Akwaeke Emezi came on Instagram a few days ago overwhelmed with excitement: “couldn’t be more thrilled…its such a gift to know that people actually see my work.” If you’re wondering, she is referring to Taiye Selasi’s comments about her forthcoming novel Freshwater.
Well, she is not the only one thrilled by Selasi’s comments. We also are. The comments give us way more information about the book than we’ve had in the months since Emezi announced her book deal with Grove Atlantic. The official Grove Atlantic description of the novel isn’t terribly revealing. It says that Freshwater is an “autobiographical novel that explores the metaphysics of identity and mental health, told in boundary-breaking new form and centering on a young Nigerian woman as she struggles to reconcile the proliferation of multiple selves within her.”
We’ve been dying to know more about the story than its exploration of mental health, and Selasi’s blurb is just what we needed.
Fresh water is one of those dazzling novels that defies these kinds of descriptions. We can gesture to the story—set in Nigeria and America, told by all the selves of its Tamil/Igbo protagonist— but such synthesis fails to convey the magic that awaits the reader. At once fiction and memoir, potent in its spiritual richness and sexual frankness, the text seems not to have been written by but channeled through its brilliant author. This may be Emezi’s debut novel, but she is an old— an ancient— storyteller: thrilling at home in the tradition of griots, poets, seers, and seekers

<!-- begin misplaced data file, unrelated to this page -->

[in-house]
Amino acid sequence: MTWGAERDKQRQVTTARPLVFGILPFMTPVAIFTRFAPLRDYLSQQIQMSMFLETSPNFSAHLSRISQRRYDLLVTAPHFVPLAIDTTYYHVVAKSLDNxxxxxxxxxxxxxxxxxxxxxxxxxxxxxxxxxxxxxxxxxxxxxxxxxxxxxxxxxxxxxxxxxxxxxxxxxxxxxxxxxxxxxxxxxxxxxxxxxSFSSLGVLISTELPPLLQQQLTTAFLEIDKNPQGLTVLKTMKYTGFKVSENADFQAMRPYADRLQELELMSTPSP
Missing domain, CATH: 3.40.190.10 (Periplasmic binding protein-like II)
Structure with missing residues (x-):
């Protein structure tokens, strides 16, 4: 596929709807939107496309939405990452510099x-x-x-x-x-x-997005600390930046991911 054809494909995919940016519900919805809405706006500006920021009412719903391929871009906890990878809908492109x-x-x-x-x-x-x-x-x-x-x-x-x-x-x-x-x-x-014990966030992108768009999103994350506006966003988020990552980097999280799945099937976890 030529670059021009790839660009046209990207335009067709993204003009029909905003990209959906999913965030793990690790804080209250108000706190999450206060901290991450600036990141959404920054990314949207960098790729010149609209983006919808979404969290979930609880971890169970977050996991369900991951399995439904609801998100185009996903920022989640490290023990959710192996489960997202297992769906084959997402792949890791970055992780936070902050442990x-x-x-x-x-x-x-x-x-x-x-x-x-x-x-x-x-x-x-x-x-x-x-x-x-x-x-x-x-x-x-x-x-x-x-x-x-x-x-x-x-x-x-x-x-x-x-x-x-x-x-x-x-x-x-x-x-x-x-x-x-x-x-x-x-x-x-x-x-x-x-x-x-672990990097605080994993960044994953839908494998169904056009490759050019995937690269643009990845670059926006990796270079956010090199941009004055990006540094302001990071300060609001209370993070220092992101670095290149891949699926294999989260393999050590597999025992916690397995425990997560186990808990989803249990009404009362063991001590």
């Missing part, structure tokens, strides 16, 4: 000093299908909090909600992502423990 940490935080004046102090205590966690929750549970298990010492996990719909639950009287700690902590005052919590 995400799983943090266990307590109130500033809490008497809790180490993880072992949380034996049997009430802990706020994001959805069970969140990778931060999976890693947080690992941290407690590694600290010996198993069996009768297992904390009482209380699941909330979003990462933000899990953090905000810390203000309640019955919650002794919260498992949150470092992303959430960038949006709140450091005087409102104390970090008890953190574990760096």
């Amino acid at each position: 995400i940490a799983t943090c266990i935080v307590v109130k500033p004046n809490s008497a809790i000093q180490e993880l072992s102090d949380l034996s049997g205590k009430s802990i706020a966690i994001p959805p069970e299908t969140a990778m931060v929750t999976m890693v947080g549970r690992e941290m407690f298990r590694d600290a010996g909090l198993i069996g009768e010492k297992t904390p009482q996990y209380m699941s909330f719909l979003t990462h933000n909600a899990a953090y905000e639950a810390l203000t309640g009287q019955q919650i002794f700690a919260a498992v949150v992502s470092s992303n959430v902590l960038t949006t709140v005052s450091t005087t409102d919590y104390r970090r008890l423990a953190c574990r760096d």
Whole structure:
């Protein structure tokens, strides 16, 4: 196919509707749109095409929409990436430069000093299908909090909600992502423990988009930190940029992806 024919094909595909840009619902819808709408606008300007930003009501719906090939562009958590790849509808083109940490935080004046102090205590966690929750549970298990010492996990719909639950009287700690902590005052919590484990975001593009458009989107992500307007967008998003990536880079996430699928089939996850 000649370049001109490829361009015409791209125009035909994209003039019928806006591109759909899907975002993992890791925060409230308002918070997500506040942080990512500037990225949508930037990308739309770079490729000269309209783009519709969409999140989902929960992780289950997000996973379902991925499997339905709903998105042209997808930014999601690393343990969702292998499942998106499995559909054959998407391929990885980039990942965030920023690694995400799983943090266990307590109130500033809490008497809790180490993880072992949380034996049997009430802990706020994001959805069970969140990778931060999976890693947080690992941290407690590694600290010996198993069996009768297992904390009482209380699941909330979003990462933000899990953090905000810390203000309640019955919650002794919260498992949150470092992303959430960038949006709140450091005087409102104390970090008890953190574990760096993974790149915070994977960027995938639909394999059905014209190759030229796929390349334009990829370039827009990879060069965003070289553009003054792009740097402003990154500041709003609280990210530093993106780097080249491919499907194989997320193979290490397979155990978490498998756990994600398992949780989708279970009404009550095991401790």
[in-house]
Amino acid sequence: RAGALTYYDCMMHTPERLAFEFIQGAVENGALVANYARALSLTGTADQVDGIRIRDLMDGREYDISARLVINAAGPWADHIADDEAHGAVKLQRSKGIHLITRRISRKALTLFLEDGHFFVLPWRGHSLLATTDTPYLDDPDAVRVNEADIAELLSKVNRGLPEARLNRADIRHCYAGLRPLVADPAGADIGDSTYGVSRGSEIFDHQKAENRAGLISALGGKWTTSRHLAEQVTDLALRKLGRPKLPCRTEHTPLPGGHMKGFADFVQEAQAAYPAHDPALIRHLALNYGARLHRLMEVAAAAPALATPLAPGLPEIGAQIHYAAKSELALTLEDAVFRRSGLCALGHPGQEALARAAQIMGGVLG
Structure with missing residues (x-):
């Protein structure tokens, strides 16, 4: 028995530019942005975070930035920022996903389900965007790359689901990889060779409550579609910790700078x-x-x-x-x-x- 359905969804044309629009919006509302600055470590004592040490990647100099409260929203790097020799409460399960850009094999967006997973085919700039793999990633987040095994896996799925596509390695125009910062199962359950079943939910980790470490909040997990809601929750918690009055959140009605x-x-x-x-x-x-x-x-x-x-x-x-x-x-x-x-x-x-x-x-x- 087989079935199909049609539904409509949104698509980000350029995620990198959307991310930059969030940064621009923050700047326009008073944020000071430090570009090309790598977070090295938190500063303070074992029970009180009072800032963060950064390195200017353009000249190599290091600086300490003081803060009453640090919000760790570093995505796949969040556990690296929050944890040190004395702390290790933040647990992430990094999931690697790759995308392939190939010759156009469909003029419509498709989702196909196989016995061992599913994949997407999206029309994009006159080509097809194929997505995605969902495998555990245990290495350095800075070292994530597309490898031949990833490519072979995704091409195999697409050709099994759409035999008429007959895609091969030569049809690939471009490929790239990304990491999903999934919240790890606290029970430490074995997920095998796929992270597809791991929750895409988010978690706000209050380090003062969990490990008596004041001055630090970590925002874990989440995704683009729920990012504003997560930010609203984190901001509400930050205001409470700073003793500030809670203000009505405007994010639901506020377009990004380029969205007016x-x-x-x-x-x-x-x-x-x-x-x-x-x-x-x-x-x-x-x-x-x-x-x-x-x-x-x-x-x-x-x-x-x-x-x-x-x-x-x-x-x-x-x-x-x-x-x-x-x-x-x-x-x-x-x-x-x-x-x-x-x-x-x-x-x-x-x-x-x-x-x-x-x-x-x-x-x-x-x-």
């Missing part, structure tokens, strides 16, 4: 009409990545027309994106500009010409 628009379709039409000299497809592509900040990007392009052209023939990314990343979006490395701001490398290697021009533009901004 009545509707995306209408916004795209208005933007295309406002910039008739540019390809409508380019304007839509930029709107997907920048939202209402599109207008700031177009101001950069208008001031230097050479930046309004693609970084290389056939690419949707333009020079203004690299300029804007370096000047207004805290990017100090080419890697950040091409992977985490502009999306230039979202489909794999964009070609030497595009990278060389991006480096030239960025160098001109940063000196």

— Taiye Selasi, New York Times Bestselling author of Ghana Must Go
Okay, let’s analyze Selasi’s comments: the novel is set in Nigerian and America. That’s good to know. It draws heavily on Tamil/Igbo thought, cosmology, and perhaps literary archives? We know from Emezi’s posts on Instagram and Twitter that she relied heavily on the Ogbanje mythology to craft the novel’s principal character who happens to be a woman with “multiple selves.”
Still on Selasi’s blurb: “Spiritual richness” is somewhat vague, but “sexual frankness” we can hold on to. That means there will be a good bit of erotic stuff, which is exciting enough. But it also might mean that the feminine body as a site of pleasure will feature prominently in the novel. And we are definitely here for that.
The bit about Emezi being an “ancient storyteller” in the body of a young writer is powerful and points to something that we’ve all sensed about Emezi but never really known to put in those terms. To understand what Selasi means by that statement, you’ll have to follow this link and watch Emezi’s short film on the Igbo figure of the spider. This aura of being from and of another time is something Emezi shares with Nnedi Okorafor. We think it has something to do with the fact that they have this uncanny ability to make old, forgotten things appear so present and urgent for our day.
From the bit we can cobble together, Freshwater is shaping up into a rather fascinating work. We simply can’t wait!